The book 253 is by Geoff Ryman. It is the story of 253 characters on a Tube train, each one described in a total of 253 words split under three sections - outward appearance, inside information and what the character is thinking or doing. It's an interesting exercise which sometimes intrigues but more often frustrates because you really want some development in the story. In the end it feels a bit like junk food, you keep consuming it but it isn't as substantial as you hoped.
The Tube meets with a tragic end (it's flagged pretty early so no great spoiler to tell you) and it's interesting to have a snapshot of a diverse group of people and the state of their souls just before the accident. With the awful events in Japan on our screens everyday, it has an even greater poignancy right now but because there is no plot or shape to the book (which is probably the whole point) I am marking it down as a mere 5/10.
A very full week coming up and so I spent some of my Sunday afternoon preparing a PPT to show to the three school classes I am speaking to. It's of what we are like as a church and how we are different to the local CoE church.
One of the pictures shows the church during a service and was taken nearly five years ago. I remarked to my wife on how different the building looks (seats for pews etc.) and how different the church (i.e. the people) is now. Her reply was excellent, "Yes, some have gone to glory and some have gone to the Methodists".
I've been really enjoying the sermon a day thing (I know, I'm odd) but as I update it each day was aware straight away of how male the list was going to be. Today I listened to a terrific sermon by a female of the species. All four have been good but this was perhaps the best so far. (I have to be careful here because I know each of them!)
Begs the question, where will I find other good preachers who are women? For obvious reasons - lack of opportunity, lack of experience - we have a rich heritage of men who preach well but far fewer women. If anyone can point me in the right direction, I'd be very grateful.
I don't intend to post on each sermon that I listen to this Lent as I try to listen to one each day. But I have added a Lent Sermons heading in the top right hand corner of the blog to reference what I have heard. You can click on to them to listen to some of them - perhaps not all as some might be on CDs that I have bought and not listened to yet.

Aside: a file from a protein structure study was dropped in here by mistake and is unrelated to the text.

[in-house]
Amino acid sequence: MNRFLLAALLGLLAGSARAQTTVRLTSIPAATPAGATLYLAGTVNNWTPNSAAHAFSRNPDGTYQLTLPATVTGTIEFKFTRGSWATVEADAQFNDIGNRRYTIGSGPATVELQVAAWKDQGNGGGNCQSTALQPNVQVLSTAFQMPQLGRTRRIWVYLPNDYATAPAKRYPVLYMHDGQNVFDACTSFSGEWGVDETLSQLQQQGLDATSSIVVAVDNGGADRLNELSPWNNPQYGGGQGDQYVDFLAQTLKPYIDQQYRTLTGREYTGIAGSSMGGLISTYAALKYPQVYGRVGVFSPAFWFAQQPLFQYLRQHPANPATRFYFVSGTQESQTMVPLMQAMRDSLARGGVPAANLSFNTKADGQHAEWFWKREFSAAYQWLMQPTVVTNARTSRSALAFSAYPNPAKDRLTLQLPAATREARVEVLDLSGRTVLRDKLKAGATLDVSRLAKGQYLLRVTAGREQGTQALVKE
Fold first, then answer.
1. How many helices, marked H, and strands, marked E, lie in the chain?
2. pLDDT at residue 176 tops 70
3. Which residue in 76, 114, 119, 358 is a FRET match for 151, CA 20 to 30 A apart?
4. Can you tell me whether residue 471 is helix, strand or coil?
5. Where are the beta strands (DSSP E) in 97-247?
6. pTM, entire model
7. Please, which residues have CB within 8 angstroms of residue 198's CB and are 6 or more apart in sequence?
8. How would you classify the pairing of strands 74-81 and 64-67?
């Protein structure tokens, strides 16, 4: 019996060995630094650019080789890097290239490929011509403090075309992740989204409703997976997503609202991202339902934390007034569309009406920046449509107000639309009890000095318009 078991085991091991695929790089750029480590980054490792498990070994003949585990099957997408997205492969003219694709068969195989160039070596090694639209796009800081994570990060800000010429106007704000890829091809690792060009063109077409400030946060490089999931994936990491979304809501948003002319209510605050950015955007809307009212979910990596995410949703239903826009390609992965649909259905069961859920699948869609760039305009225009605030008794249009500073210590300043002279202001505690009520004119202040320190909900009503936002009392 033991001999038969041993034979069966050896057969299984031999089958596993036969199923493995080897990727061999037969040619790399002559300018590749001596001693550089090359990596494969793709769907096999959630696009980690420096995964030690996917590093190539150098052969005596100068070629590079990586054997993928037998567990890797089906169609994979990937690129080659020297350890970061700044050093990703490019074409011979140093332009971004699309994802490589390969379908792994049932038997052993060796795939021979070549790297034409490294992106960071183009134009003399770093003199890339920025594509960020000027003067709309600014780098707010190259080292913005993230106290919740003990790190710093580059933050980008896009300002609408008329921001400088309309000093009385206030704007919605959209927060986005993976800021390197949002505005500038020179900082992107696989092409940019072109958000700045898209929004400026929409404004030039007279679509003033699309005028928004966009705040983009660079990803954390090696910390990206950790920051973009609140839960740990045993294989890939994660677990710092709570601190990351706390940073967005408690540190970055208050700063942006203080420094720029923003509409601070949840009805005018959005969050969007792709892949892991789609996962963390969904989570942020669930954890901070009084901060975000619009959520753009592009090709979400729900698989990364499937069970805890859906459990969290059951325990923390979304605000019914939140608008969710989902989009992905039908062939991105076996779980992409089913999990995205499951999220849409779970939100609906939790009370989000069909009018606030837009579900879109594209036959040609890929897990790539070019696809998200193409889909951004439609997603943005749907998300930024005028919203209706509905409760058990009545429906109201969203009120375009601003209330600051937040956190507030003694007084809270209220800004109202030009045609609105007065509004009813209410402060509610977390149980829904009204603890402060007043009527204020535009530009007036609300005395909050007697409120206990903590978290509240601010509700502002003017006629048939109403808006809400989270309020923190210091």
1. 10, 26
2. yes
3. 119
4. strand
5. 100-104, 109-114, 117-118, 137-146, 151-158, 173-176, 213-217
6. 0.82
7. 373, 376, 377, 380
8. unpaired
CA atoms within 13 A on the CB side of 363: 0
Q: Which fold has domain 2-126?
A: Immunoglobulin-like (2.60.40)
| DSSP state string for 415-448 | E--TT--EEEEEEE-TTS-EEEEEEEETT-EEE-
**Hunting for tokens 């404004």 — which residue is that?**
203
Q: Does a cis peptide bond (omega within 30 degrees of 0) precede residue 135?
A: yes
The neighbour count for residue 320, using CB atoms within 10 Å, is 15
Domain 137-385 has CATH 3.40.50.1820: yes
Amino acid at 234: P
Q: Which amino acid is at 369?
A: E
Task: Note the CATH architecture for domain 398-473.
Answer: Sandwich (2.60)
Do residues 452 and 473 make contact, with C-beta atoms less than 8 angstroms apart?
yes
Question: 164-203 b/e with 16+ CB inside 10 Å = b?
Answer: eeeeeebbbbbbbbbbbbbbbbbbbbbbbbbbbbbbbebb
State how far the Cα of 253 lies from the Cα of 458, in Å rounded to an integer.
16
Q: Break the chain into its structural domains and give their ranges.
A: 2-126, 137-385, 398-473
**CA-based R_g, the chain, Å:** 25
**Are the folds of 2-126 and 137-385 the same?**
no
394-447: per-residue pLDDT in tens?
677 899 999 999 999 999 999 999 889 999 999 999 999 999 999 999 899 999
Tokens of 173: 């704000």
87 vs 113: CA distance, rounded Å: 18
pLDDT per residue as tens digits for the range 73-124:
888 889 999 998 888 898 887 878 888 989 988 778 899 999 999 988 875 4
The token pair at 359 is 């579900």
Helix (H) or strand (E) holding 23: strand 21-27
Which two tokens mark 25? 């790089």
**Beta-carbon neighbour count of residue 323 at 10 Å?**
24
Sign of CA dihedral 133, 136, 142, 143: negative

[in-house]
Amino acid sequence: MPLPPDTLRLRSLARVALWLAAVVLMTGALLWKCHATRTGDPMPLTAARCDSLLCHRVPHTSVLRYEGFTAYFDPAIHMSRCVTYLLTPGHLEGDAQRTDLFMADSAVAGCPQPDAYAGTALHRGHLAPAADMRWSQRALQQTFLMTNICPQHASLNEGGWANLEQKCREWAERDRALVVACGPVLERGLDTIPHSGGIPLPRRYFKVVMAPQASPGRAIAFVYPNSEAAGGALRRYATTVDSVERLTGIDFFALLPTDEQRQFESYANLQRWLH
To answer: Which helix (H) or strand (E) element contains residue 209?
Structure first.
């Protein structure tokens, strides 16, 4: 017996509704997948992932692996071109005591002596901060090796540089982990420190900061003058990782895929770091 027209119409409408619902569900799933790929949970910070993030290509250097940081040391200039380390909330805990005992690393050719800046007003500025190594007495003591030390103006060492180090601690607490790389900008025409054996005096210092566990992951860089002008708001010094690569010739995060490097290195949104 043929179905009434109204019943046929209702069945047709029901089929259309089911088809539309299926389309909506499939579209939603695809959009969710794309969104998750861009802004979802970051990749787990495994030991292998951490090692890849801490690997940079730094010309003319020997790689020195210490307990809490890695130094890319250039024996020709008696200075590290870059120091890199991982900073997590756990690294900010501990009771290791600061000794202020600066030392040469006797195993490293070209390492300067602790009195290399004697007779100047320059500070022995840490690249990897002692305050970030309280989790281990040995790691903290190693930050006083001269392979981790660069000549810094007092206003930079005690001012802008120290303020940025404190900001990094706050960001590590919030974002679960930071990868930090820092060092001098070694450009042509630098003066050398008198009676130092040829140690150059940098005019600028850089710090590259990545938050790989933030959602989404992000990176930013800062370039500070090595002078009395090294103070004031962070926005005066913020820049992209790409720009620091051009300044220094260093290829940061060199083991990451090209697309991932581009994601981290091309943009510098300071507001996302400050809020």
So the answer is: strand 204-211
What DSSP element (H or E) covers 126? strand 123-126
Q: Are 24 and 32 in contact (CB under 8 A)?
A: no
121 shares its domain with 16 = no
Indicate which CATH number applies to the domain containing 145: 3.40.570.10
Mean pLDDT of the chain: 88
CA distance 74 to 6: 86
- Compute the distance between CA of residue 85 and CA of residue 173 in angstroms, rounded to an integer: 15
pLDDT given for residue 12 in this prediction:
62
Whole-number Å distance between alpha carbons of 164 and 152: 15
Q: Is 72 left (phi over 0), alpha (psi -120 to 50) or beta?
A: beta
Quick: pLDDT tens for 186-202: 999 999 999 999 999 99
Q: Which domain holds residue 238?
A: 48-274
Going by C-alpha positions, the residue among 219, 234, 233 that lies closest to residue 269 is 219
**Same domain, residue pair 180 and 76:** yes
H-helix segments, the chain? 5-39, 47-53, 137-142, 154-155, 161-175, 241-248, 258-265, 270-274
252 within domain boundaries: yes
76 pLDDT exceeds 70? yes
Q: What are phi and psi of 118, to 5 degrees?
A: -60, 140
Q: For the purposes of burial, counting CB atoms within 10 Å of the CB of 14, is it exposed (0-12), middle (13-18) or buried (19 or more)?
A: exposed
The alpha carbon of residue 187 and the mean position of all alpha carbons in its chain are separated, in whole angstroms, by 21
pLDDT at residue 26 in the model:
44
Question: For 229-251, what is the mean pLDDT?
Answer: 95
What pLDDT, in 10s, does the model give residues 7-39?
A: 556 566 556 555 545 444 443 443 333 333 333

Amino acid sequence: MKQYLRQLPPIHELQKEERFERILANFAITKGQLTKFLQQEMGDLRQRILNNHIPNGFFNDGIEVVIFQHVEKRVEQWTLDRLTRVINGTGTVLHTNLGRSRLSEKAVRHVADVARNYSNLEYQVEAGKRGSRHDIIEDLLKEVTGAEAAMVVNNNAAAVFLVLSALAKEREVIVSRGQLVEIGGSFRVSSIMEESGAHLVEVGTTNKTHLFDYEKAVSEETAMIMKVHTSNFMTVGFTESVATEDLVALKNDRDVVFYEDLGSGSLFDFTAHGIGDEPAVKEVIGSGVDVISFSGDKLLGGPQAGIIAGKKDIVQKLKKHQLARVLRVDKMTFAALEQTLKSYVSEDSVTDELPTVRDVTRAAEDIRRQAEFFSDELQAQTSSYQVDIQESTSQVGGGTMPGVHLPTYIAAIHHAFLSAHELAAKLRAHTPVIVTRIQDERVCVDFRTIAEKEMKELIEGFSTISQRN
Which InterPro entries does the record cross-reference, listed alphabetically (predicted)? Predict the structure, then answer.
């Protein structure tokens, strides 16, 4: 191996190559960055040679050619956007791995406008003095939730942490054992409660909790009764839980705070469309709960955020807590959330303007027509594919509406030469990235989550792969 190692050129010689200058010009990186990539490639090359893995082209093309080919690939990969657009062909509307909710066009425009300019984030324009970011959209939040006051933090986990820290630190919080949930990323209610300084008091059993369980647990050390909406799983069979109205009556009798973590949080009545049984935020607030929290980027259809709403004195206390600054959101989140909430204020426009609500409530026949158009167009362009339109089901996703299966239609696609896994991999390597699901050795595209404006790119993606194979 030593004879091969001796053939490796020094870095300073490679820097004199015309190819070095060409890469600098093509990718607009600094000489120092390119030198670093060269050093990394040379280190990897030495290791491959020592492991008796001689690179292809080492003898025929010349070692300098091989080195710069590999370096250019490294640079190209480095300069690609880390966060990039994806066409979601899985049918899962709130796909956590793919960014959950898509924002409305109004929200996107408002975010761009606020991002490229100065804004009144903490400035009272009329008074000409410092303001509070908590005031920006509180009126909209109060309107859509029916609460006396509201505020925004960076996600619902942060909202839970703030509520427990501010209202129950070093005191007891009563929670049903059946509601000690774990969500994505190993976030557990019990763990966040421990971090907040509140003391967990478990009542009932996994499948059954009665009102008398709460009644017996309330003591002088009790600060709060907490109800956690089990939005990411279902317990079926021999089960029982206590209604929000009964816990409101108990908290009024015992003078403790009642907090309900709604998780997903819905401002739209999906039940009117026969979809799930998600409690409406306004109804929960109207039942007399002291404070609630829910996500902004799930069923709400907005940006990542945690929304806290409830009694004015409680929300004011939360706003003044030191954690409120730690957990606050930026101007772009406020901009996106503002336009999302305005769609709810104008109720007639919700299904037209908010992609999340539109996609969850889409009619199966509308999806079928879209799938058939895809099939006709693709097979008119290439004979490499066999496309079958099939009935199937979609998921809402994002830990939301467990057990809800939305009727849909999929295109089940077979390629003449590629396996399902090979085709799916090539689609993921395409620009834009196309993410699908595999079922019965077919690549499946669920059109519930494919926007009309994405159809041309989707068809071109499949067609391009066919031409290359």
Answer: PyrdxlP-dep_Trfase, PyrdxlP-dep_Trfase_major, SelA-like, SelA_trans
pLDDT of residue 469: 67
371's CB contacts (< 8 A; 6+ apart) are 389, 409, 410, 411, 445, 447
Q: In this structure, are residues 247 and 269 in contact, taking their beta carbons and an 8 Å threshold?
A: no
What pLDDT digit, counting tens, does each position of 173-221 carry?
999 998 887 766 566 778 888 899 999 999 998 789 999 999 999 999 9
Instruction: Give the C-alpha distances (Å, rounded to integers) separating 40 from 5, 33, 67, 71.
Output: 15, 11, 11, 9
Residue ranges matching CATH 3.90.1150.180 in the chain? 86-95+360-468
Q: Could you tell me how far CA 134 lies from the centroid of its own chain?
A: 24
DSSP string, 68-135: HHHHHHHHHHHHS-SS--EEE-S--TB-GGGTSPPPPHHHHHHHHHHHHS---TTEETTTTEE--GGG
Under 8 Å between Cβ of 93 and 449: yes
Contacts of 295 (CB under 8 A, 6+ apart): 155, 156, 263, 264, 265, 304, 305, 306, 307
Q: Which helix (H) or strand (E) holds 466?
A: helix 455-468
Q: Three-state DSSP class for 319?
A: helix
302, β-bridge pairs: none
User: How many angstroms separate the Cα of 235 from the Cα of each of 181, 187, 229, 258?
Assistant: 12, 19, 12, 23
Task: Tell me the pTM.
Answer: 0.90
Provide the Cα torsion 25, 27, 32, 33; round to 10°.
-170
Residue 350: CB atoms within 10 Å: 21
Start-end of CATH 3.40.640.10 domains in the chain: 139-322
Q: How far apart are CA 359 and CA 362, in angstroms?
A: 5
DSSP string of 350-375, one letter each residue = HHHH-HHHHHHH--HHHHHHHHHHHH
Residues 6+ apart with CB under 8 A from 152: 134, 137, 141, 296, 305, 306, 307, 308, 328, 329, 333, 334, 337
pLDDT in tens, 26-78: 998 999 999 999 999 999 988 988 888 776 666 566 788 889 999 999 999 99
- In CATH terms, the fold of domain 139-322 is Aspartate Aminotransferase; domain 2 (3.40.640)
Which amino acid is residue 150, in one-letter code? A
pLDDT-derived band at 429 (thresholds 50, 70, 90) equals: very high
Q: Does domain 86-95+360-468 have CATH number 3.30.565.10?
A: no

I will choose some by some friends, some of the more famous preachers, some reasonably random ones. The only rule is that the sermons are not allowed to be on anything I am preaching on this week.
Last week I preached the last in the series of Meals With Jesus and a few days beforehand a survey came out that reveals some alarming things about how today's families eat. The research, commissioned by Bisto, says:
* More than half of families no longer eat their dinner together in one room, instead eating in up to four different rooms in the house.
* One in five children eat dinner alone in their bedroom.
* 61% of families are too busy to sit down and eat a meal together.
* If they do eat together, 59% admitted they prefer to send text messages, watch television or go on the internet than talk with the rest of the family.
I find this so scary! Anecdotal evidence says that lots of teens feel that they can't talk to their parents, some self-harm and many say that they have considered suicide (how seriously, who knows?) It seems that our eating habits are only adding to the problem.
We get plenty wrong as parents but I am glad that we always eat together at least daily. It's a time to talk and catch up and sometimes to laugh, cry or argue. But we do it together.
This week's Reel Issues was Cast Away, the Tom Hanks film about a driven career man who has an enforced halt placed on his life when he finds himself on a desert island. As well as issues around time and loneliness and relationships, there is an angel theme that is very strong in the film too, providing a nice link with another recent Reel Issues film, It's a Wonderful Life.
As usual, for fun, I put together a playlist for the music beforehand...
Blondie - Island of Lost Souls
The Primitives - Crash
Joe Jackson - Got the Time
David Bowie - Time Will Crawl
M People - Fantasy Island
Sheryl Crow - Maybe Angels
Next month we show Signs, the Mel Gibson film about faith.
Pancake Day or Shrove Tuesday today, known as Fat Tuesday in some parts of the world. (My favourite parishioner tells me that Mardis Gras literally means 'Greasy Tuesday'.) So I celebrated in style with doughnuts, cakes, and a roast dinner today. I met up with some ministry mates for the day and the agenda was have coffee and eat, read and pray, eat, walk in the New Forest, drink tea, pray, eat. And then leave with more food. It was the first time we had met up and I hope it becomes regular - lonely old business sometimes.
After all that excess, what to give up for Lent? Alcohol? Unlikely.
I don't usually do anything extra for Lent but this year I have decided to listen to a sermon every day. Might seem like a penance to you, what could be duller? But there are some great bible teachers out there on the interweb and I am a better person when I am taking in God's word. I very much enjoy listening to things done well. So watch this space. Day 1 tomorrow.
I'm a middle aged man, a Baptist Minister, and more to the point an evangelical Christian. I have a great family, the best wife, an interest in music (mainly the sort of things that a middle aged man should like) and media in general. I like my sport and hardly ever play any. Will watch Test matches very happily and have a love of football, Exeter City are my club of choice.